B-Movie Double Feature

Greek video stores got everything. Every Hammer Horror film ever made, every Asian Disney rip-off you can think of and all the B-movies in the whole wide world.

We like that. On evenings when we’re just not strong enough to sit through three hours of Julia Roberts or Tom Wilkinson looking very serious and not saying a whole lot, when we’ve already seen all the comedy, fantasy & sf and horror movies that are worth watching, there is another kind of horror that lures us in front of the TV-set: the B-movie.

B-movies are the pinnacle of Hollywood entertainment. If you doubt me just take a look at Uwe Boll’s A Tale of the King – A Dungeon Siege Tale and keep your eyes peeled for the plastic Orc-asses. That’s true art.

An added bonus is that every once in a while you’ll actually see something that you’re glad to have seen. Like the recent Syfy Channel miniseries of The Andromeda Strain. Or The Devil’s Tomb (or The Devil’s Tomp as the Greek DVD jacket proudly proclaimed).

Now… let me get this straight: The Devil’s Tomp is not a good movie by any measure. It’s just that given the recent track records of both Cuba “I-haven’t-made-a-good-movie-since-1999” Gooding Jr. and Ron “B-movie-man” Perlman we expected the worst.

And we didn’t get what we wanted. The Devil’s Tomp is

halfway decent. Good acting, not too ridiculous dialogue. The production values certainly are sound. Of course there is the obligatory hot lesbian sex. I guess there’s some clause in the WGA statutes th

at says that religiously themed horror movies have to have at least one scene containing hot lesbian sex with optional zombie involvement.

Well, that’s it for The Devil’s Tomp. I wouldn’t recommend actually seeing the movie… at least if you don’t feel the urgent need to throw away two hours of your life, but it wasn’t a total loss either. I’ll try to be funnier on the next movie I review… wait a minute. That should be easy. Real easy. Because…

The other movie we saw that fateful night was Against The Dark. Promising title, not very promising, actually decidedly unpromising, cover art. Fat Steven Segal and cartoon vampire vixens that don’t even have the decency to show up in the movie that they’re posing for.

Now, I’m not a Steven Seagal fan. Actually the whole eighties and nineties martial-arts-are-so-cool-shtick largely passed me by. Steven Segal, Chuck Norris, David Carradine… they all came and went without leaving as much as a roundhouse kick to remember them by in my mind. I do think Jet Li is pretty cool though.

So you won’t hear any of that Steven Seagal is one of the grand masters of Hollywood… shame that he doesn’t get appreciated anymore… I still could sense the force of his real talent behind those tacky lines…  Not from me. No way, José. The man is grossly overweight, has the acting ability of a very short plank of wood and should have realized about ten years ago that he’s too old to still have the moves.

There’s an upside to all this: He’s hardly in the movie. That’s the funny part, come to think of it. The movie’s marketing is 120% Seagal-centric. He’s on the cover, the tag line says something very tacky about his sword and how he intends to stick it into vampire-zombies in very creative ways, the plot summary makes you think that he is the only reason the world hasn’t ended yet.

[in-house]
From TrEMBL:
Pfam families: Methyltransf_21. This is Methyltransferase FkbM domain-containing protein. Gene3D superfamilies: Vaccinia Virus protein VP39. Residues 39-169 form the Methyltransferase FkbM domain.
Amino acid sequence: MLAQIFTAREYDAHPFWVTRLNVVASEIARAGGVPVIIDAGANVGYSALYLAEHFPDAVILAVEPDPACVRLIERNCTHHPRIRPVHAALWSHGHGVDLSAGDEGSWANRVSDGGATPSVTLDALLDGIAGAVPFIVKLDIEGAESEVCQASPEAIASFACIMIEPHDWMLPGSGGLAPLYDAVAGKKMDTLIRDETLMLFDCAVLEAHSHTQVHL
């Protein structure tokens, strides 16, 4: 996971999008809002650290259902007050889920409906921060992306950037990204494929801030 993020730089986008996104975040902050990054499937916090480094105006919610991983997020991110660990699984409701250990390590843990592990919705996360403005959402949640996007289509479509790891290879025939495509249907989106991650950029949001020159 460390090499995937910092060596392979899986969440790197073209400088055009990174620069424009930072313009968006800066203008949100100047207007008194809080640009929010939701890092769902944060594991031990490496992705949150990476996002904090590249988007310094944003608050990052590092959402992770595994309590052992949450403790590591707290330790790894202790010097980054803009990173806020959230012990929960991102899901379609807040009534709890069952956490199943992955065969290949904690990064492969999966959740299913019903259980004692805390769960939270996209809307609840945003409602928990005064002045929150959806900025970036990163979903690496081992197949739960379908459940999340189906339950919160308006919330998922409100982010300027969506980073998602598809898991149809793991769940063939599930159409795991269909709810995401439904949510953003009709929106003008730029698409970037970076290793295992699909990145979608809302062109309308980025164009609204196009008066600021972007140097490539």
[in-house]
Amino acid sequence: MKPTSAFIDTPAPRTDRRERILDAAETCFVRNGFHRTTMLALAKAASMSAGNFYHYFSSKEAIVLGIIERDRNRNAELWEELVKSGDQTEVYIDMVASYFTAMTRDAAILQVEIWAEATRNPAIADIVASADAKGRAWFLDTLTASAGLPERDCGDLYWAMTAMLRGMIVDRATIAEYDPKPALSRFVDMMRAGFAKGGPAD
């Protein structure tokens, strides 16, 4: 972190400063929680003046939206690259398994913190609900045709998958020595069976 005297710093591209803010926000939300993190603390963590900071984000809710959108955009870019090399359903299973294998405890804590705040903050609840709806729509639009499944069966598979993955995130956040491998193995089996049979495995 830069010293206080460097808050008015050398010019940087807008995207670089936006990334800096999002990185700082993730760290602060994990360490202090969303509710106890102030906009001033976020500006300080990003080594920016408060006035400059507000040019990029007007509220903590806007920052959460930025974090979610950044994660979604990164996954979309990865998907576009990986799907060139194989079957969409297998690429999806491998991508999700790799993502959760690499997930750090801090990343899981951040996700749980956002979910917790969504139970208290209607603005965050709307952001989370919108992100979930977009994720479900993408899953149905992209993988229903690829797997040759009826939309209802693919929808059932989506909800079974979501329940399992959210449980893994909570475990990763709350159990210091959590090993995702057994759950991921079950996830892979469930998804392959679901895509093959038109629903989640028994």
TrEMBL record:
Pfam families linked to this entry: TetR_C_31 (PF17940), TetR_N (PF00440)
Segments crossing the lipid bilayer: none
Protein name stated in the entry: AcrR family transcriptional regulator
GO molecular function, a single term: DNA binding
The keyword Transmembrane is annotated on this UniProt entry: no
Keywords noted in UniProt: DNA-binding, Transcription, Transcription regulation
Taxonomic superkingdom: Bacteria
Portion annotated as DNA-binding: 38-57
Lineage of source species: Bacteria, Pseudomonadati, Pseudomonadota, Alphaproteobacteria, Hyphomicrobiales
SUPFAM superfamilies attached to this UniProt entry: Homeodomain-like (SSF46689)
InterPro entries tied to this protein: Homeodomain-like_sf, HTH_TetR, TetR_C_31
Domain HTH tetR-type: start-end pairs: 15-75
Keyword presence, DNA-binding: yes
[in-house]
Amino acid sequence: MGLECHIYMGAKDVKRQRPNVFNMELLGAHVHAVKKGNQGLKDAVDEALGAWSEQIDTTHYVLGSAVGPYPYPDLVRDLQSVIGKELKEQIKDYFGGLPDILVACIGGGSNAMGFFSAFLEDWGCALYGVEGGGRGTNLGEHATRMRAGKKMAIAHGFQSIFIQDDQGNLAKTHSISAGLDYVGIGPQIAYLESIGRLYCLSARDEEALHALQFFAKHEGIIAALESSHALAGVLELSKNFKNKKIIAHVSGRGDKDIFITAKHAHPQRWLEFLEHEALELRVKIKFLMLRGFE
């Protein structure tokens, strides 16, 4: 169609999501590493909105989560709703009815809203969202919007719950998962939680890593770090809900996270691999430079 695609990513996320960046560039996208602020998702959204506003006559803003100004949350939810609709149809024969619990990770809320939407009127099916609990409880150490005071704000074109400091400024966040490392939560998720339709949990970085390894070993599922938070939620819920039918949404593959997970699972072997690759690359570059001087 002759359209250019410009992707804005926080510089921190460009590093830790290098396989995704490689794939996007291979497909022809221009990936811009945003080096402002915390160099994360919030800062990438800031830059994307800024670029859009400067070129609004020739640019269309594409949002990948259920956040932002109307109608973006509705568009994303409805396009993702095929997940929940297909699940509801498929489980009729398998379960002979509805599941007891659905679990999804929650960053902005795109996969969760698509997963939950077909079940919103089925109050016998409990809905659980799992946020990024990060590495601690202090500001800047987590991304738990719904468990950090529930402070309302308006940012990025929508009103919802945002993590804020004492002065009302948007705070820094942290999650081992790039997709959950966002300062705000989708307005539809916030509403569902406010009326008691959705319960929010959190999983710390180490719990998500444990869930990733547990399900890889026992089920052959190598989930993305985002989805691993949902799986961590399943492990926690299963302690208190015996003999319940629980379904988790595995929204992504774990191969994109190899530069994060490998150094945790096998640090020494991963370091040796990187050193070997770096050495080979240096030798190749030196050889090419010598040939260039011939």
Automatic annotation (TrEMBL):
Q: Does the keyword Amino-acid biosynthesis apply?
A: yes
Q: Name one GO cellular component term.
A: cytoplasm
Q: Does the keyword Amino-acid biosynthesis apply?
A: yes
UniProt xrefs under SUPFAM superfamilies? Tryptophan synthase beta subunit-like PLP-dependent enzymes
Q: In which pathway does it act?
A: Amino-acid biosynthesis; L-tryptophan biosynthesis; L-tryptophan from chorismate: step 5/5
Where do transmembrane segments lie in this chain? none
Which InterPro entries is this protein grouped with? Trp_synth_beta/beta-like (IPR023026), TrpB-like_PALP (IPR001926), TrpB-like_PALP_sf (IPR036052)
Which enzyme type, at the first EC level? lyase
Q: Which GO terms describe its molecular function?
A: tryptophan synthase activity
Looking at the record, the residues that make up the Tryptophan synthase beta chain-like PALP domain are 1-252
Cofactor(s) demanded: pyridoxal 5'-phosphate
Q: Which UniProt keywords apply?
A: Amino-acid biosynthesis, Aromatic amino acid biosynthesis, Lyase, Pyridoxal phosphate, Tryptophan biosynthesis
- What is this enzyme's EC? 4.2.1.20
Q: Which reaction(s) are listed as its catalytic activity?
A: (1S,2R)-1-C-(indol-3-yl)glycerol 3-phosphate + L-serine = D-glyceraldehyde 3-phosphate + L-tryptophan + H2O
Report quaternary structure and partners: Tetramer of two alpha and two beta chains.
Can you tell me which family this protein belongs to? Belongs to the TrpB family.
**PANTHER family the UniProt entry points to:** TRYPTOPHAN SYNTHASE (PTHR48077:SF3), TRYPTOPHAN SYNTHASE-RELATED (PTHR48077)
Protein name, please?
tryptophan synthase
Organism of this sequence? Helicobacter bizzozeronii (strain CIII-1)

Only that ain’t so. More than half of the movie is dedicated to the story of six or seven survivors of the apocalypse that are stumbling through a disused hospital building and seem to be not very good at anything besides picking their noses while the vampire hordes snack on their mates. And wandering off and getting lost, they’re rather good at that too. In addition the hospital that they are in for some reason has only got one exit (in the underground parking garage, where else) and they absolutely have to get there before the generators shut down and… I don’t really care, to be frank. I only wonder what happened to the concept of ground-floor windows.

At some point Steven Seagal pops up in the company of two leather-clad martial arts vixens that, I wish I was kidding, haven’t got a single line in the movie. Not. A. Single. Line. And they ain’t doing much fighting either. They mostly show their… other talents. (If you know what I mean, nudge nudge, wink wink.)

And that’s it. One would think that the story involves just a teensy bit more than getting out of the door-less hospital of doom, while picking off the characters like tin cans from a fence, but it really doesn’t.

What had us stumped is that Against The Dark even features a few nice shots. And some pretty bizarre scenes. The kind that you’d expect in a nightmare sequence in a Tim Burton movie. That makes you wonder if the screenwriter was thinking of a slightly different kind of movie when he penned the script. It’s hard to describe, but the movie almost feels as if it could be good if only it had been filmed with another genre in mind. And another lead. And different dialogue. And… you get my drift. I’ll leave you with the epically eloquent, artfully articulate first lines of actual dialogue in the movie. Enjoy! They’re, like, awesomely profound:

We’re not here to decide who is right or wrong. We’re here to decide who lives and who dies.

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